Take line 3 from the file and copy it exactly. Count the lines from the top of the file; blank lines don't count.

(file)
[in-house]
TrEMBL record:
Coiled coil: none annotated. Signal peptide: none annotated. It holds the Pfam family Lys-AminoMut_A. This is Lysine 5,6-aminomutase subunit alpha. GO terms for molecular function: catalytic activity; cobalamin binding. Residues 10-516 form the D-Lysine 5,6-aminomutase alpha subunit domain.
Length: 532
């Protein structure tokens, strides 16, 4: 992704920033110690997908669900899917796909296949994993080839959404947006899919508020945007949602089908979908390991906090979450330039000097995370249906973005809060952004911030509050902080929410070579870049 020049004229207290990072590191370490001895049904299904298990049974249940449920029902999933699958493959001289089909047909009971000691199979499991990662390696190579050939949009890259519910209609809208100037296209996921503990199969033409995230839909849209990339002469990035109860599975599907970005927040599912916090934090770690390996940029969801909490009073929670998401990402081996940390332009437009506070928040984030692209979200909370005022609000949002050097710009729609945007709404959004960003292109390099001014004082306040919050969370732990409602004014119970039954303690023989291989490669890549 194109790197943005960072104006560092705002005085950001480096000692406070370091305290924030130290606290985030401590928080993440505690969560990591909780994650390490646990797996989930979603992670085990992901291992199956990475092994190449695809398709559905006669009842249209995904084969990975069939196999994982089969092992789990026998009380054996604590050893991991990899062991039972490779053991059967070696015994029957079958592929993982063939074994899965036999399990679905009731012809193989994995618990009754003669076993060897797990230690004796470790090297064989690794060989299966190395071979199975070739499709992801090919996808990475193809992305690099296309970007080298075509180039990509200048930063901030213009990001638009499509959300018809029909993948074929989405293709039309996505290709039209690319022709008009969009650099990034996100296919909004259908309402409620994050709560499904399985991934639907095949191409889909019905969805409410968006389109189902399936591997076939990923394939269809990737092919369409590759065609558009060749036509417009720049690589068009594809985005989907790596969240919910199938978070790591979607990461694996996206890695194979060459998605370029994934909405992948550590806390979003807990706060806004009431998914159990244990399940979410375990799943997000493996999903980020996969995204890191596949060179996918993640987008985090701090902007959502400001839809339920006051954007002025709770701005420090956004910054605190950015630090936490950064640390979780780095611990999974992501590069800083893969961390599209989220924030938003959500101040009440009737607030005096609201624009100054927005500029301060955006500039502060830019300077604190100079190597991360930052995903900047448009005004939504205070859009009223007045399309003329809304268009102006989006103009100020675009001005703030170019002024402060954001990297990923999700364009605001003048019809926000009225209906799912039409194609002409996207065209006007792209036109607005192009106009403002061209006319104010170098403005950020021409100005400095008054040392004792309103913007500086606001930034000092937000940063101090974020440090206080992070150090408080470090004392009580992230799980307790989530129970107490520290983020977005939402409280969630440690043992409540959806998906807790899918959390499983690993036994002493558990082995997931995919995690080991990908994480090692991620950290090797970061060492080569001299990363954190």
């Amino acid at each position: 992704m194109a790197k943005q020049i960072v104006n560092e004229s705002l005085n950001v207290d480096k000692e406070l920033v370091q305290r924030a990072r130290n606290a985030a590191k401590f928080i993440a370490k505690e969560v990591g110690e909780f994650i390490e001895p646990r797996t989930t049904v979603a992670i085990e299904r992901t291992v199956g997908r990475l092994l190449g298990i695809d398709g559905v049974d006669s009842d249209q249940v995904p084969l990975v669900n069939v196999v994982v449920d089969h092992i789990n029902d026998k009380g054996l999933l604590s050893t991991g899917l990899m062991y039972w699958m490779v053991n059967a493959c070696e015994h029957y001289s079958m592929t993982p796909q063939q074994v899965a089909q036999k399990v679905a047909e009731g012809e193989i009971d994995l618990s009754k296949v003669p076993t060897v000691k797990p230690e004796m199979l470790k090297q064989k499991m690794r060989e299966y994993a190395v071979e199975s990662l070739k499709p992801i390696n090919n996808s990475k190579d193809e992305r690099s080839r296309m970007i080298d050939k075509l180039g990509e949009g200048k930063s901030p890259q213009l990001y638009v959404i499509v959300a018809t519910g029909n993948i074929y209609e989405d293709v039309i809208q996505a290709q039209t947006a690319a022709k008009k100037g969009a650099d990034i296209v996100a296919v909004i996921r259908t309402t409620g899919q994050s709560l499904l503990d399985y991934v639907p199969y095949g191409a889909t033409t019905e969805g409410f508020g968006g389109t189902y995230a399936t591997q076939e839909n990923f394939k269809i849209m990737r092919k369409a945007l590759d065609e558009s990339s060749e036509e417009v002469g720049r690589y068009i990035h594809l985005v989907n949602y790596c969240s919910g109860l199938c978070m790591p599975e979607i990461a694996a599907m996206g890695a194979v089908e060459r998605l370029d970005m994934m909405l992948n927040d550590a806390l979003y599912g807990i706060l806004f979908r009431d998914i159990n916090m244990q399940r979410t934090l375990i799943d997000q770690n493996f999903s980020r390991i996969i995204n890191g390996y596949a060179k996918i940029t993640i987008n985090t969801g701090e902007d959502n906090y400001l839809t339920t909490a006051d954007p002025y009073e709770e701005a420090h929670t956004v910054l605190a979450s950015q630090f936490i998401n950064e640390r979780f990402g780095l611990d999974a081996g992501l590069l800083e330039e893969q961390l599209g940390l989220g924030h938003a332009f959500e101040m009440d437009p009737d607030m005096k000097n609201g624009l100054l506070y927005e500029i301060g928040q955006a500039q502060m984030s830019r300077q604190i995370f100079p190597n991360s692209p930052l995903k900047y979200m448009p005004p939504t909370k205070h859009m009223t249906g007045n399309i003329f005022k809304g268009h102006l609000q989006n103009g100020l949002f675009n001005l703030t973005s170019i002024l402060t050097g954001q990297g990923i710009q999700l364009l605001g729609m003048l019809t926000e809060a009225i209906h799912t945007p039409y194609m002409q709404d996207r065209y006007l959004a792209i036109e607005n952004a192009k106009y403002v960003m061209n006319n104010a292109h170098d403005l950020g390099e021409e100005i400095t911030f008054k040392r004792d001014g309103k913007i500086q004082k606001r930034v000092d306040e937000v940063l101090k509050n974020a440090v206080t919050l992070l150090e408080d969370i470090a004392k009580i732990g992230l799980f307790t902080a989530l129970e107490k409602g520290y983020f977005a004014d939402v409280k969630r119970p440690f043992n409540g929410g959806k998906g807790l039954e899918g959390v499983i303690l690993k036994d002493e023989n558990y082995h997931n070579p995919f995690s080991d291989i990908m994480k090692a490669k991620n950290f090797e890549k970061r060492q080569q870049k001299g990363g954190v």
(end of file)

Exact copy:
Coiled coil: none annotated. Signal peptide: none annotated. It holds the Pfam family Lys-AminoMut_A. This is Lysine 5,6-aminomutase subunit alpha. GO terms for molecular function: catalytic activity; cobalamin binding. Residues 10-516 form the D-Lysine 5,6-aminomutase alpha subunit domain.